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Chess And Other Games Pieces From Islamic Lands
Simon Bartle, Visual Arts Correspondent
Photography © Thames & Hudson Ltd and Robert Lorenzo with Muhammad Ali
What a year 2018 was for the UK games market. Spending on gaming hardware and software not only broke previous records with spending approaching £6bn, but it also exceeded the UK's combined spend on music and cinema.

What different worlds we live in.

Chess And Other Games Pieces From Islamic Lands is a glorious new book presenting medieval Islamic chess pieces, and other games pieces held by The Al-Sabah Collection, in Kuwait. It also includes gaming pieces from archaeological excavations around the world from both pre and post Islamic times.

The beauty of the pieces in this wonderfully illustrated book is there for all to see. The book celebrates the contribution made by the countries of the Middle East who in medieval times spread the game of chess to the western world. It reached Spain by 900 AD and over a century later had taken hold across most of the known world, from Europe to China.

Photography © Thames & Hudson Ltd and Robert Lorenzo with Muhammad Ali
The Islamic world dominated this pastime, so it is not surprising that some of the most sublime chess pieces come from the Middle East, Persia and also the Indian sub-continent. The book celebrates The Al-Sabah Collection which holds in excess of 500 pieces, not all of which are chess pieces. Some could be merely weights, pieces from other board games, and some are probably early backgammon pieces. All are tactile and just ask to be picked up.

The book covers the development of chess and backgammon in the Persian world. The pieces delight whether made of alabaster, bone, rock crystal, polished stone, glass or some other exquisite material.

Perhaps the most important and impressive pieces in the collection are ten rock crystal chess pieces with bevelled arabesque decoration, which have survived from the early Islamic period, 9th - early 10th century. The pieces include the king (shah) and queen (firzan), bishops (fil), knights (faras), a rook (ruhk) and three pawns (baidaq). The words in brackets are the Arabic names, but those names are in turn derived from Persian and Sanskrit words describing the function of the pieces.

The sheer variety of piece designs, and their sublime beauty would not be lost on the modern day gamer, but identifying the pieces may pose a predicament. The pieces do not necessarily conform to the expected standard modern western designs, because they have been abstracted.

Games have developed over the last thousand years. The intellectual challenge, and competitive spirit both live on, and whilst games are now played out on screens, and span continents, deep down nothing has actually changed. But there is one exception, pieces are no longer tactile, they cannot be rolled in the palm of your hand, they do not refract light and they do not enrich your soul, but the pieces in this book do all those things, and more.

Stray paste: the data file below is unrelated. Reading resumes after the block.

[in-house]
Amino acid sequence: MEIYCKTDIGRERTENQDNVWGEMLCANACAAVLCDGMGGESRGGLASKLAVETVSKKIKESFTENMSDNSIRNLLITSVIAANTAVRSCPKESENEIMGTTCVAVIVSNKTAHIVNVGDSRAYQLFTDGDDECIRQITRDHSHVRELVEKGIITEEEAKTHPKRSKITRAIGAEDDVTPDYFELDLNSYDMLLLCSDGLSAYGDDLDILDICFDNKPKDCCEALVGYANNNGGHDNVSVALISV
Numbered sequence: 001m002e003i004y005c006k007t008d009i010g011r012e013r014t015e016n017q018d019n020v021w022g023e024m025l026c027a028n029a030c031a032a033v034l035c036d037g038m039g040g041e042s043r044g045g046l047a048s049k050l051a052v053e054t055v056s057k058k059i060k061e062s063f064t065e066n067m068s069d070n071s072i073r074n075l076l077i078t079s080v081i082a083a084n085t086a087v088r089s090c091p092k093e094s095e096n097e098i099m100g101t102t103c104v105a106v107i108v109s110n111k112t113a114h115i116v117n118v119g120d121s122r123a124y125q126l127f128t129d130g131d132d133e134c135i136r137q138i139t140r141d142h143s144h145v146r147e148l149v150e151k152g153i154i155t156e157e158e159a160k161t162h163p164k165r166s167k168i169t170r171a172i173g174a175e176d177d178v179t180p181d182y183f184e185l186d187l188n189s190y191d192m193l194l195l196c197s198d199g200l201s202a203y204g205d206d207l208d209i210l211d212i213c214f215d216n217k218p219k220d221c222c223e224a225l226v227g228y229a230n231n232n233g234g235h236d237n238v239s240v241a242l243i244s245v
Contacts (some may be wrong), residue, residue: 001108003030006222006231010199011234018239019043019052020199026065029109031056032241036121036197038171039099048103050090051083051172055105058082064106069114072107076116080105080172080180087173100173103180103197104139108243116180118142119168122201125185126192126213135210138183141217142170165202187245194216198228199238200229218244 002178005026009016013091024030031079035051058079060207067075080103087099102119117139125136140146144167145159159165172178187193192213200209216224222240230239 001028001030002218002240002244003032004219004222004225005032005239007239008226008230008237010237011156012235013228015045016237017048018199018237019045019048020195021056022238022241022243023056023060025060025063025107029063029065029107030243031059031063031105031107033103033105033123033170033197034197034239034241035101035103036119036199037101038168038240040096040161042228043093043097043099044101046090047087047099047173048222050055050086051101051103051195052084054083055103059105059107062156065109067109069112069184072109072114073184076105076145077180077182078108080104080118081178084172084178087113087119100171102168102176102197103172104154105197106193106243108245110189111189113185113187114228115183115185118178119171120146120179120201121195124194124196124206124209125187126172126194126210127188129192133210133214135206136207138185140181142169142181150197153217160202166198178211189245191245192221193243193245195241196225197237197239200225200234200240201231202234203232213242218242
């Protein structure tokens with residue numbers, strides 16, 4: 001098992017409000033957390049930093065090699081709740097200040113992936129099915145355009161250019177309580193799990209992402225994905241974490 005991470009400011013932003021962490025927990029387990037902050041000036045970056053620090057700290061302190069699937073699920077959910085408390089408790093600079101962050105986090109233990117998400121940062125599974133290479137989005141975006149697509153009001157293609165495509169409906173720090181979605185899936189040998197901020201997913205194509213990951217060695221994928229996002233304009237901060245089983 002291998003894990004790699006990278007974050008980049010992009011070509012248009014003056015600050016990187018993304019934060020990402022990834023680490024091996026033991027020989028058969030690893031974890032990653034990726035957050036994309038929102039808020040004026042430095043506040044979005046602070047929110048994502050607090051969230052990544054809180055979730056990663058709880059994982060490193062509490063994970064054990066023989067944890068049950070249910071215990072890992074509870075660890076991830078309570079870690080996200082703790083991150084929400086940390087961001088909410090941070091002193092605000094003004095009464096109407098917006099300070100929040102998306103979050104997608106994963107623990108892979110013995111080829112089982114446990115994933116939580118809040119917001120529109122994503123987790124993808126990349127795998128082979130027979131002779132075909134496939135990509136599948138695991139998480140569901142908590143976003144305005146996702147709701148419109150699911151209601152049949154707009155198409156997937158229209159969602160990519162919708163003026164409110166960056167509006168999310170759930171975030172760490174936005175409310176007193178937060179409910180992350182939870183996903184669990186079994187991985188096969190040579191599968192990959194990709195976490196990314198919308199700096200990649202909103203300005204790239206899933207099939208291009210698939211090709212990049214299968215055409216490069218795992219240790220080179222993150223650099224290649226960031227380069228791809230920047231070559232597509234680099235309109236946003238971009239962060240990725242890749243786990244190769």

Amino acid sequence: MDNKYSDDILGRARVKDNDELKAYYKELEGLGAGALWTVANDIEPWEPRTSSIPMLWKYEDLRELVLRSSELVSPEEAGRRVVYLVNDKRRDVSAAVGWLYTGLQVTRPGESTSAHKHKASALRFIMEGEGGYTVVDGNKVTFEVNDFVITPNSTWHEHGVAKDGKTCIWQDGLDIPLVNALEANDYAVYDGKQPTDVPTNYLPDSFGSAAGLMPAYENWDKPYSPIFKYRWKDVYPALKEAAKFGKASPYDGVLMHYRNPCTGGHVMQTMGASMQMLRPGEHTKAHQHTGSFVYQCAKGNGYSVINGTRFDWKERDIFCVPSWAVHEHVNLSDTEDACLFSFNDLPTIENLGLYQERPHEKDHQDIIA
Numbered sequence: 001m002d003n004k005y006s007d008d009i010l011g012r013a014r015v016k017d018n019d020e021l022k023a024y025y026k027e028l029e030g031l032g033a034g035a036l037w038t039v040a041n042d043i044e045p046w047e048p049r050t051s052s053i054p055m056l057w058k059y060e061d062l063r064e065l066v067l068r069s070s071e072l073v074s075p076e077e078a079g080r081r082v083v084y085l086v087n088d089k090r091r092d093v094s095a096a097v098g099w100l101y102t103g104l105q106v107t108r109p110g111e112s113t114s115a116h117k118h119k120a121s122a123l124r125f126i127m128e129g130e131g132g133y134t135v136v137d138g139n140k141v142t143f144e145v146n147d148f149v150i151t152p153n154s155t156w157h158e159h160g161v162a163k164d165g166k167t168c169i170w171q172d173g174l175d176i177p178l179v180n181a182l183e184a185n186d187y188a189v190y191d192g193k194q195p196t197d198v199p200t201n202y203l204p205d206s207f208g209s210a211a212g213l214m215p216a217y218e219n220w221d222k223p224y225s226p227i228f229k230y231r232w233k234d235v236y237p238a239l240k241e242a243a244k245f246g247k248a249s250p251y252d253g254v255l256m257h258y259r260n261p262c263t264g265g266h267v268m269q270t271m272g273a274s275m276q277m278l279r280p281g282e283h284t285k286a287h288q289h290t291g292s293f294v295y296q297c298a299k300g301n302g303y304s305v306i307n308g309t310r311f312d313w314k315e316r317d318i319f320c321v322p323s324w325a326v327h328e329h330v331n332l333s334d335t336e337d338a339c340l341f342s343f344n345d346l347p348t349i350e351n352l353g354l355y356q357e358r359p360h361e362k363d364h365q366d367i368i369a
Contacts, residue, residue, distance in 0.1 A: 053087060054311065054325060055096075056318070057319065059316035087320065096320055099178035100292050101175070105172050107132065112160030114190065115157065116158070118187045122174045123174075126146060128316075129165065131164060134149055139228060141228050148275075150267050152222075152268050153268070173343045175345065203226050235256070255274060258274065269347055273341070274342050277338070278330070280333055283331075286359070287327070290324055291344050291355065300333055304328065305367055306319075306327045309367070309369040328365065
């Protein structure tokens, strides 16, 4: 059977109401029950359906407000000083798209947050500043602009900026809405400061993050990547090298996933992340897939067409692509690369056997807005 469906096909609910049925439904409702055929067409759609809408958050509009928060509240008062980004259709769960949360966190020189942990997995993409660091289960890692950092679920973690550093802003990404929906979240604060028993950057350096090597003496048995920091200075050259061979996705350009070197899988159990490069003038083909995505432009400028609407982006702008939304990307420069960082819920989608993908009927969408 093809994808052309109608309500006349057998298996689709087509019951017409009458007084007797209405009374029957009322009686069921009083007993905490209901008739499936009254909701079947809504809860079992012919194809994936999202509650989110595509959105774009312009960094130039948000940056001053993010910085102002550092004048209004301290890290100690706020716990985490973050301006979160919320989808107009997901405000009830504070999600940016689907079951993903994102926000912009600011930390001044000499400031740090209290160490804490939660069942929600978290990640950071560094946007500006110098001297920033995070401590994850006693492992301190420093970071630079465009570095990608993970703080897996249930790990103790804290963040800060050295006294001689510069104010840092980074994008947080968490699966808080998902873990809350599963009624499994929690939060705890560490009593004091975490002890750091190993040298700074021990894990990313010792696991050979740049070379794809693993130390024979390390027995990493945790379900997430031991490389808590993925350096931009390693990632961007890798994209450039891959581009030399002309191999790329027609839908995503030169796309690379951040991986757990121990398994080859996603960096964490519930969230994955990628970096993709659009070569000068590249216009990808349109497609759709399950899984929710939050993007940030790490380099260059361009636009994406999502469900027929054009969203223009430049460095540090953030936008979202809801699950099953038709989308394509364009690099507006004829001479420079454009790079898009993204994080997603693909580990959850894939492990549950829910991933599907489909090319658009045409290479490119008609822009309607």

That is why Deborah Freeman Fahid's book is so relevant. It provides a unique and authoritative record of chess and gaming pieces, and charts how chess and backgammon crossed geographic and cultural divides. It draws from, and links collections around the world, and it is a masterful piece of academic study. Let us reassure you this book is not dry, it is rich, and exciting and takes you on a journey to explore new horizons.


Photography © Thames & Hudson Ltd and Robert Lorenzo with Muhammad Ali
What the book does not do, is to look beyond the aesthetic impact of the pieces and their context. That is not its purpose. It is first and foremost an exquisite visual record of the Middle Eastern medieval pieces for games, which provided 'important accomplishments for a properly educated nobleman.' It cannot however be denied that, albeit unintentionally, it does open up a wider discussion.

Why? Because the book unlocks our minds, and leaves us not only to marvel at what we have seen within the text, but also it provides us with a framework so that we can understand the timeless universality of gaming.

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Having read the book, you will be able to contextualise the power that gaming has over individuals. It leaves us wondering, whether the creation of such exquisite gaming pieces may well have accounted for a significant portion of the medieval economy, because clearly they were valuable and prized. We are left in no doubt that Islamic gaming pieces were powerful, not only in their splendour, and the gaming opportunities that they provided, but also the thought processes that went into their creation.

This book leaves us wondering who are the foot soldiers of a timeless gaming world, and who are the kings and queens who profit from its development?

When you see the superb medieval rock crystal, amethyst, jasper and agate pieces you come to understand that nothing has changed over the ages, gaming enthusiasts have a timeless need, and that is to spend conspicuous amounts of income on their preferred pastimes.

No expense is now, or was in the past, spared when seeking pleasure, and exercising the human mind.

This beauty of this book, and the gaming pieces that it records, will make you gasp at the sheer radiance of The Al-Sabah Collection.

In summary, this book is truly magnificent.

Chess And Other Games Pieces From Islamic Lands, 8th April 2019, 12:22 PM